Wednesday, August 13, 2008

Mee Hoon Kueh

There's this restaurant in SS19 that sell's char kuey teow (stir fried rice noodles) and pan mee (Hokkien style handmade egg noodles), also known as mee hoon kueh (same dough but pulled to small pieces instead of noodle form) for some. I'm not sure about the char kuey teow stall but the pan mee fellow operates between breakfast and lunch. And the amount of people who frequents the pan mee stall, it must be depressing for the char kuey teow lady.

TW's been raving about how good it was, so one fine Saturday morning we decided to sacrifice some sleep and made our way there. The stall's modus operandi somehow baffles me. You get there, take a number (scribbled in red ink on a carton box cut out) and get a seat (if you're lucky enough to find one, it's usually very packed). And then you wait. (I'm told that a half hour wait is pretty normal and is considered reasonable) Then the waiter will somehow figure out that it's your turn and track you down. Can they even remember which face belongs to what number? I reckon they must have been taking a whole lot of ginkgo biloba.

But I must say that it's worth the wait. I had mine
kon low (dry) style while TW had the wet version. I wasn't disappointed as the dough is really really soft and the minced pork topping was tender and well seasoned.

Anyway I figured, hey why wait when you can make your own pan mee? It's not that difficult. And so that was what I had for dinner yesterday. TW convinced me that we simply have to have the same type of chilly sauce that we get from the stall. So she set her heart out on making it while I concentrated on the dough and toppings.

The ingredients you'll need is as follows (for 2 pax);


Step 1 (Dough)
1 1/4 cups of flour
1 small egg
water
1 tsp chicken stock granules

Beat the egg lightly and mix with flour. Add water & chicken stock granules then knead till the mixture forms into a soft dough. The amount of water to add is based on your discretion. Start with a small quantity and keep on adding till the mixture comes together nicely. Cover with a wet cloth until you're ready to cook it.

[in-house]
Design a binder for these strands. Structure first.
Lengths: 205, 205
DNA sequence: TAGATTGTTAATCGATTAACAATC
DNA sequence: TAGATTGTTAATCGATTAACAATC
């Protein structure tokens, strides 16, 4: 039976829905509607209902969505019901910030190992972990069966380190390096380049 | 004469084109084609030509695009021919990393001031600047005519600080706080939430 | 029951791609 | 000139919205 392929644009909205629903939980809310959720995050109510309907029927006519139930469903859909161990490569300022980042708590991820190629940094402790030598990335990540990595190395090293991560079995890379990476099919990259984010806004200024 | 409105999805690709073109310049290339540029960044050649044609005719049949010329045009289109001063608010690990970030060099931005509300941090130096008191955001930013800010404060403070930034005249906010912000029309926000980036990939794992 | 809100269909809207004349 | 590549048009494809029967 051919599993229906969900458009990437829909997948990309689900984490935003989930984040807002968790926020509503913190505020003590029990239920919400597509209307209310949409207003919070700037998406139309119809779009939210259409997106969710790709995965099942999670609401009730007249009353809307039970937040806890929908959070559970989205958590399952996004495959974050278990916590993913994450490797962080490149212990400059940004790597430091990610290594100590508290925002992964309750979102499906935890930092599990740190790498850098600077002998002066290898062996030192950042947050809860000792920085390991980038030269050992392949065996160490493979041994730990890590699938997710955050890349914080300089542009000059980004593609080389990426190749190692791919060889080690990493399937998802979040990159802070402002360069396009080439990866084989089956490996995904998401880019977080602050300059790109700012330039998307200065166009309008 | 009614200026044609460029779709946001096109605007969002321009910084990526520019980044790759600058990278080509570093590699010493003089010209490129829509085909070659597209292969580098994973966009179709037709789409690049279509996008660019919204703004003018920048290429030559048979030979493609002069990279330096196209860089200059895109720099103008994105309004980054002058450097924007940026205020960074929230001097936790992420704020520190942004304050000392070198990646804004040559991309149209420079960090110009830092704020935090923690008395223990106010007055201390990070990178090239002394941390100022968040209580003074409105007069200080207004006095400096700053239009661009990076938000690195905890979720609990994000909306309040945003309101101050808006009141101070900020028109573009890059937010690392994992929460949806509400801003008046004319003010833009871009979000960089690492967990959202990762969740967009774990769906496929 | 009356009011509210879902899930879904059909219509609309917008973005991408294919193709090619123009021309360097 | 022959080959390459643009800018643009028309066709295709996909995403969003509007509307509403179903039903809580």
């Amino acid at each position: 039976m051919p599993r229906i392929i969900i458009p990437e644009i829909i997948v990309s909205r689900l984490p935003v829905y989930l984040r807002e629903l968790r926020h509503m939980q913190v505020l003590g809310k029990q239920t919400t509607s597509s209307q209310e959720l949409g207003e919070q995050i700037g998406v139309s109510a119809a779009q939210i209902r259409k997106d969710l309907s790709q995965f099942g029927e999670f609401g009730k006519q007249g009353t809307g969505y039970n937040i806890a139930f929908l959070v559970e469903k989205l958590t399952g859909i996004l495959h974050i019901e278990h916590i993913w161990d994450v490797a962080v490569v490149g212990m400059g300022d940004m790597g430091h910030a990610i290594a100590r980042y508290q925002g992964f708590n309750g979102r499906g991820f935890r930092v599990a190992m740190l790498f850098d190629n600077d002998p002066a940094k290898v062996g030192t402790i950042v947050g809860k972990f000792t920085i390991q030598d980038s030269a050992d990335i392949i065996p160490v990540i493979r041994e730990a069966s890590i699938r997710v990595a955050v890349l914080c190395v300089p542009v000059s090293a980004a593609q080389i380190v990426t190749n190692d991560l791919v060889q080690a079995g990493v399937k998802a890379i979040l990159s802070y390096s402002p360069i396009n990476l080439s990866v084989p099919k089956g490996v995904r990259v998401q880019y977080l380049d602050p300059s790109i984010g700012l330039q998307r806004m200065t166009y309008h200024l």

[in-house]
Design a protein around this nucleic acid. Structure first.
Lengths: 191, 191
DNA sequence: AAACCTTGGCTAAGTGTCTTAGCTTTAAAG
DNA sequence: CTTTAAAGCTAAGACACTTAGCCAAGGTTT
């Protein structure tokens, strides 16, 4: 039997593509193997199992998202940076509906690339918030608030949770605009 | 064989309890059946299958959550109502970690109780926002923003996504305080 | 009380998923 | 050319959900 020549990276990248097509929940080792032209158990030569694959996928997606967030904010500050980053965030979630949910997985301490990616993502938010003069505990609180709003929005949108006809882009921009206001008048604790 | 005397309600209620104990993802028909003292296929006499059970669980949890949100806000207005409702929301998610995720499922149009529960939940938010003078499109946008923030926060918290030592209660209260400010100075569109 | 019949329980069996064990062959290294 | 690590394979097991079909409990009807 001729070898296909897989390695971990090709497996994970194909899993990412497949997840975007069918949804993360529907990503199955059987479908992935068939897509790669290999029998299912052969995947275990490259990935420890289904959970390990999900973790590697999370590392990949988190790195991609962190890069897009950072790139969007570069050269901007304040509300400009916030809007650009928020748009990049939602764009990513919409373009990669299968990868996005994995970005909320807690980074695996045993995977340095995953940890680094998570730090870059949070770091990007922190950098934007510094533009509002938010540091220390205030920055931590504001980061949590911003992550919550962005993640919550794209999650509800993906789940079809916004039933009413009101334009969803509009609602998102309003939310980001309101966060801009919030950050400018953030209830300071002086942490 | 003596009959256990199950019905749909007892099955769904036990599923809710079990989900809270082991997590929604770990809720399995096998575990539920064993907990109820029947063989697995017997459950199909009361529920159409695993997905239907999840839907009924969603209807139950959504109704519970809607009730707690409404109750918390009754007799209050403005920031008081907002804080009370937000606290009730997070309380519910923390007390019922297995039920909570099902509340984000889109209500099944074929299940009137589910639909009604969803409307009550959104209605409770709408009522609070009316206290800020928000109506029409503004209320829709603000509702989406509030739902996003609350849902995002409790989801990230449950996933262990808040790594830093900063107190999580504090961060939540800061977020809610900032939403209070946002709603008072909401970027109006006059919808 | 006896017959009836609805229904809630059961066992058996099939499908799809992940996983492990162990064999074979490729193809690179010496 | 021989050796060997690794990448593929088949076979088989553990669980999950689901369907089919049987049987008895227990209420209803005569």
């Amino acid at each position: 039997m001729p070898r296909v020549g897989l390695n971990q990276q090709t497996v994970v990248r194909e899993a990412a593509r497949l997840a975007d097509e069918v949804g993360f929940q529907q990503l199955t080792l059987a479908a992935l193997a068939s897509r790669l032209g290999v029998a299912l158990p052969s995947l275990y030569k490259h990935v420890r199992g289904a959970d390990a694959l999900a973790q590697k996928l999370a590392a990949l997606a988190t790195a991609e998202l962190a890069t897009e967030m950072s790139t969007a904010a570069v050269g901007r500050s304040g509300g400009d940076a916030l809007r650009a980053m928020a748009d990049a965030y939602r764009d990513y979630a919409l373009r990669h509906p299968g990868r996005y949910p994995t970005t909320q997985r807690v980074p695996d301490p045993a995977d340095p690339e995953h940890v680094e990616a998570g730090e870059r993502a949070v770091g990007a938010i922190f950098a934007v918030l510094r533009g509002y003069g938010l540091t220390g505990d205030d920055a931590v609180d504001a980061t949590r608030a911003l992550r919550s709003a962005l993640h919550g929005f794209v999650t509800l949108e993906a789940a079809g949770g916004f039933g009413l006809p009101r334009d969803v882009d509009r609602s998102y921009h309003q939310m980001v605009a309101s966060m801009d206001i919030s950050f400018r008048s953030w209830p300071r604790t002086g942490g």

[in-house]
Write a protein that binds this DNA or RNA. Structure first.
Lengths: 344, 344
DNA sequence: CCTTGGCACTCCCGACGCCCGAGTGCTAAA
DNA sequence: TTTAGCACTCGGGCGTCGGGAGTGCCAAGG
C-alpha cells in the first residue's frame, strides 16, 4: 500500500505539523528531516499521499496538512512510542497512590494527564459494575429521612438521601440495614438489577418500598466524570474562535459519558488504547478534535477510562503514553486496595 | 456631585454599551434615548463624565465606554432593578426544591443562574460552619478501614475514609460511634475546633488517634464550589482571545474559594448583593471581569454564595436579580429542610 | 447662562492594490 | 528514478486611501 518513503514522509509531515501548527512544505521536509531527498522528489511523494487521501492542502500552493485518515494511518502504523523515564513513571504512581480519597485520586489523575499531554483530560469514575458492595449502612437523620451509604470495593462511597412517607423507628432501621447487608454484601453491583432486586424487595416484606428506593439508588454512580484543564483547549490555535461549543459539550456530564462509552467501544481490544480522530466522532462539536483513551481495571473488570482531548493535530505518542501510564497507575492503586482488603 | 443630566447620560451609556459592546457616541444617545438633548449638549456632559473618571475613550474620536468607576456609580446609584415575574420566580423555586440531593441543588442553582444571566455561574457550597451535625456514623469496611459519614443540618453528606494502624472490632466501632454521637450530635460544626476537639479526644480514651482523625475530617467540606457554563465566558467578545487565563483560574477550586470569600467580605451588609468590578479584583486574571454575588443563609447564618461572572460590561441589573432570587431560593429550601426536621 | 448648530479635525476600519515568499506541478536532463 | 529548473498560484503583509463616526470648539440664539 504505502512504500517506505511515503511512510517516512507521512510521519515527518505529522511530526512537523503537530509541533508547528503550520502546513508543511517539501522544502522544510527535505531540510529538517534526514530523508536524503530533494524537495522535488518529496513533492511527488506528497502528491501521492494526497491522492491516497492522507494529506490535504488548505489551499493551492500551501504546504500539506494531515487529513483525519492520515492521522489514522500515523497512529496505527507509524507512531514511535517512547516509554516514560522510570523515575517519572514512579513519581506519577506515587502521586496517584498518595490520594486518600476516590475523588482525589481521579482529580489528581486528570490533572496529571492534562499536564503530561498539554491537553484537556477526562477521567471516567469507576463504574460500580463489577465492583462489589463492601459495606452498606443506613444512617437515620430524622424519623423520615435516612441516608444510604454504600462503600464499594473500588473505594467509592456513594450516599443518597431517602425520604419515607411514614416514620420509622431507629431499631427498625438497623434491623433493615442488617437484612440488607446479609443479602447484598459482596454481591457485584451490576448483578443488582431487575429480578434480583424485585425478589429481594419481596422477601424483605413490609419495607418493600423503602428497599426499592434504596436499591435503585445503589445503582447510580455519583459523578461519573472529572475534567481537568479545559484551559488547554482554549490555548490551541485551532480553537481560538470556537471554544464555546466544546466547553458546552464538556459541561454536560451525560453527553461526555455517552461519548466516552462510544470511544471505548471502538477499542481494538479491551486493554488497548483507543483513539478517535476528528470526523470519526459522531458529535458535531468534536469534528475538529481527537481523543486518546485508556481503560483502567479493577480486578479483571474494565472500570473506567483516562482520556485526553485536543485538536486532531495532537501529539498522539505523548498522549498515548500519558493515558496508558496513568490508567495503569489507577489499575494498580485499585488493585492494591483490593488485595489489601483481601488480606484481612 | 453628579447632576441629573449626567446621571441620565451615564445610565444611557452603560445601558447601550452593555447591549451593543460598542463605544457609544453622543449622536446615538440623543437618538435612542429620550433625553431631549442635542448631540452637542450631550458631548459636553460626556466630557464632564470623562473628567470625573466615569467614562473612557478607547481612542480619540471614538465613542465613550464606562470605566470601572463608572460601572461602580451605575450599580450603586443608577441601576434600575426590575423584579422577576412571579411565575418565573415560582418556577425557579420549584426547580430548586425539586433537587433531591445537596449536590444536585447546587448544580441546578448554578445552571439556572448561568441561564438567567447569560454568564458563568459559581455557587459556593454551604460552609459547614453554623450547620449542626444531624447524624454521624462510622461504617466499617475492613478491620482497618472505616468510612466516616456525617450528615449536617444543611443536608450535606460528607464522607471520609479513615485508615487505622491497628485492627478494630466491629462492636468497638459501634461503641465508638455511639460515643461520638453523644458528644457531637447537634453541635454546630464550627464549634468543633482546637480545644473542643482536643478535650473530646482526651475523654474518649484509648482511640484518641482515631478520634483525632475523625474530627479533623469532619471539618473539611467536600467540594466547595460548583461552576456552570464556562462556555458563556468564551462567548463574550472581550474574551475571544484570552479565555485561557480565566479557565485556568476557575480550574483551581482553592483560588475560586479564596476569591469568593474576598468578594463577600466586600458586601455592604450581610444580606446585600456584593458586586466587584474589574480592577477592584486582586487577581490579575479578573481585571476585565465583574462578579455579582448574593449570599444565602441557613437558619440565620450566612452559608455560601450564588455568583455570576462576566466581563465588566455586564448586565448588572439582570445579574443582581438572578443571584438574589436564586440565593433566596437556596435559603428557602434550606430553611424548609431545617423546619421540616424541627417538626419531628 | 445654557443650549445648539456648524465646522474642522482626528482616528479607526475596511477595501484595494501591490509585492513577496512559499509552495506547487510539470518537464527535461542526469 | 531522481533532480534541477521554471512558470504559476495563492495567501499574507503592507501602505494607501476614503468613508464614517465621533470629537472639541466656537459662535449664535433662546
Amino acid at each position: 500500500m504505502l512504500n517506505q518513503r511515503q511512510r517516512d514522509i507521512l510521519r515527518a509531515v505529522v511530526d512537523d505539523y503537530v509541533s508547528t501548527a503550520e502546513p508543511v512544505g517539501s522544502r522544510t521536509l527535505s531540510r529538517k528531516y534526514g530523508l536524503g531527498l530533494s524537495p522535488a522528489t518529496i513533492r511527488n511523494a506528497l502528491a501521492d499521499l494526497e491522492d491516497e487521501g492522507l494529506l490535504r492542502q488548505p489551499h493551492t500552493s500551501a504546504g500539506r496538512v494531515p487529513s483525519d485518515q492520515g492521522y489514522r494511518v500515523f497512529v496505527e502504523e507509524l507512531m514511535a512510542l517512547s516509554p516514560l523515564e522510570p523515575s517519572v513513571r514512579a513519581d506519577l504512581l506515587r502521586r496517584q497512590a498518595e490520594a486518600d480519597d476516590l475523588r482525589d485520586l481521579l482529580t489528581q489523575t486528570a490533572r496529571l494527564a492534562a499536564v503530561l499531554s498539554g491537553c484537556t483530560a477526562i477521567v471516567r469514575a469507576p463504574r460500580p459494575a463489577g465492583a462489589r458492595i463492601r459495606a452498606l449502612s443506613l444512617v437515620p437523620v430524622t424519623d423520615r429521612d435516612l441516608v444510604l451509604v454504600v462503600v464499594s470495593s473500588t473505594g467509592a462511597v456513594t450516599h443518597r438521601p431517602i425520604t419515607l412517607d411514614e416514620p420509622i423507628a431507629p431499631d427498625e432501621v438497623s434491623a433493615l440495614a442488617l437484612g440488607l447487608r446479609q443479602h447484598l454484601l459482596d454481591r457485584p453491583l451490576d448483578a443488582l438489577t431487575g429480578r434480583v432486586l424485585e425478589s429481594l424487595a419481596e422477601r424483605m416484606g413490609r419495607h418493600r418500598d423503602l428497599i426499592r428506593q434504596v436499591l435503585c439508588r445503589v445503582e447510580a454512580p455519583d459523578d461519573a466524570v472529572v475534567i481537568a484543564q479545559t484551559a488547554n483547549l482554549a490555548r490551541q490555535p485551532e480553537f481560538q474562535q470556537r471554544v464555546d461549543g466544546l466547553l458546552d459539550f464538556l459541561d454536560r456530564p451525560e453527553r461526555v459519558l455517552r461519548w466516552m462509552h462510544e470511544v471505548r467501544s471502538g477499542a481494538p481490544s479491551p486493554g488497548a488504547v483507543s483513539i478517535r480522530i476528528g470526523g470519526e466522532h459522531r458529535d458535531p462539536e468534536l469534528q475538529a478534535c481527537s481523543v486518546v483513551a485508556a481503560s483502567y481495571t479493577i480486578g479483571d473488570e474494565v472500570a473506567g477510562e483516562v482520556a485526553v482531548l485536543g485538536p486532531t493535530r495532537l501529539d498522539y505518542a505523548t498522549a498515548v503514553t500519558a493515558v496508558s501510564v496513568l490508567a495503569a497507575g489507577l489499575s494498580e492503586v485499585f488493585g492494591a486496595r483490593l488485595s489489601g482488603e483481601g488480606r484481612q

Step 2 (Dry topping)
100g dried anchovies, rinsed

Fry anchovies in sufficient oil till crispy. Drain and set aside.


Step 3 (Wet Topping)
100g lean pork, minced (add some cornflour to soften the meat)
4 chinese black mushrooms, pre-soaked and sliced thinly (discard stems)
2 cloves of garlic, chopped
pepper

2 tbsp oyster sauce
1 tbsp oil
a dash of sesame oil

Heat oil in a wok, add in garlic and fry till fragrant. When the garlic is about to turn golden brown, add in mushrooms. Fry for a little while and then add in minced pork. Add oyster sauce, pepper and sesame oil, cook till meat is done.


it's ok if it's slightly salty because you're going to mix it in the soup later

Step 4 (Soup)
1 litre of water
1 anchovy stock cube
100g chinese mustard leaves (
chye sim) (the best vegetable that goes with pan mee is cekur manis but if you can't find them, any leafy vegetable will do just fine)

Boil water in a large pot and throw in the anchovy stock cube. When water has come to a rapid boil, tear dough into bite sized pieces and toss into the pot (keep soup boiling). Stir occasionally and add in vegetables when you're done with the dough. Cook till the vegetables are done.

don't be fooled by it's bland look, the clear soup complements the toppings nicely

Dish up into bowls and PILE on the toppings. Sprinkle some fried shallots if you like.

Now here comes another important part, TW's work of art - freshly grounded bird eye's chilly sauce.

You will need:

A handful of mixed green and red bird eye's chilly, remove stems

2 cloves of garlic
2
limau kasturi or key limes, juiced, discard seeds and reserve skin
1/4 cup
assam water of tamarind juice
a dash of sugar & a pinch of salt
a sprig of coriander

on the left: devil chilly, on the right: crispy anchovies

Blend all of the ingredients. That's it. Hahaha.....be warned though, it's really really hot. Flaming sweat on your upper lips hot. You can use red chillies for a milder version, but where's the kick in that?

this is how you do it, as demonstrated by TW

4 comments:

Nickjohn said...

I agree that the chili sauce can make or kill a dish. Any chance you guys can come up with the chili sauce for chicken rice? A really good one. One where you can just eat the rice with the chili sauce alone. My late grandma used to make a real wicked sauce, too bad she didnt manage to pass on the recipe to any of us.

sook kuan said...

The pan mee looks so great, so yummy!! if you happen to pay your sis a visit in png, pleasssssee make some of this, I can help you to finish ALLL.

Sook Kuan
Reen's x coursemate/housemate or
Reen's neighbour cum colleague

cupcakesordeath said...

niki wiki! ok set, i shall out that on top of my to do list. hei, but if we really come up with the chilly, then we have to cook the rice....and it's best to have the chicken too. Wah, more stuff in my list.

sook kuan, hello and thanks for dropping by my blog! Actually I learn it from my sis wan...hehe, compliments to the sifu. Like this la, next time I go visit her, I'll make you some dessert alrighty :)

sook kuan said...

Dessert is good too, my girls will sure like it.
But i still prefer very much on the Pan Mee, your sis is your sifu hor. wait later i kacau her to make some..hahah..